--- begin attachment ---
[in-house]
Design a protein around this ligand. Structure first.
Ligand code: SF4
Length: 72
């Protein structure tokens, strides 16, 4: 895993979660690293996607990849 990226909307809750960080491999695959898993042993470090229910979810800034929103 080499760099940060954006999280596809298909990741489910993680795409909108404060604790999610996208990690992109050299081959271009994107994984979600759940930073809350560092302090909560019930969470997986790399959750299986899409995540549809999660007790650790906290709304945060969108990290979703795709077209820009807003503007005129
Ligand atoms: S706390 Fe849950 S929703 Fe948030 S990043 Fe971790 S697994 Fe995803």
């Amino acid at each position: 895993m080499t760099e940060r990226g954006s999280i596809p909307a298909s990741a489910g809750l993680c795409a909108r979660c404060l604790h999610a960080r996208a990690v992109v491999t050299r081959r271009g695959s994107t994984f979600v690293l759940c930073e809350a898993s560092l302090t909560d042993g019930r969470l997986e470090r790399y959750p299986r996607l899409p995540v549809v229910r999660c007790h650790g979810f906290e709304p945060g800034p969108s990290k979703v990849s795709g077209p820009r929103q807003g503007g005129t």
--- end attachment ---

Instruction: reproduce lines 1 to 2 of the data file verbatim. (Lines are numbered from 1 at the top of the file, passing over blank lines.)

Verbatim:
[in-house]
Design a protein around this ligand. Structure first.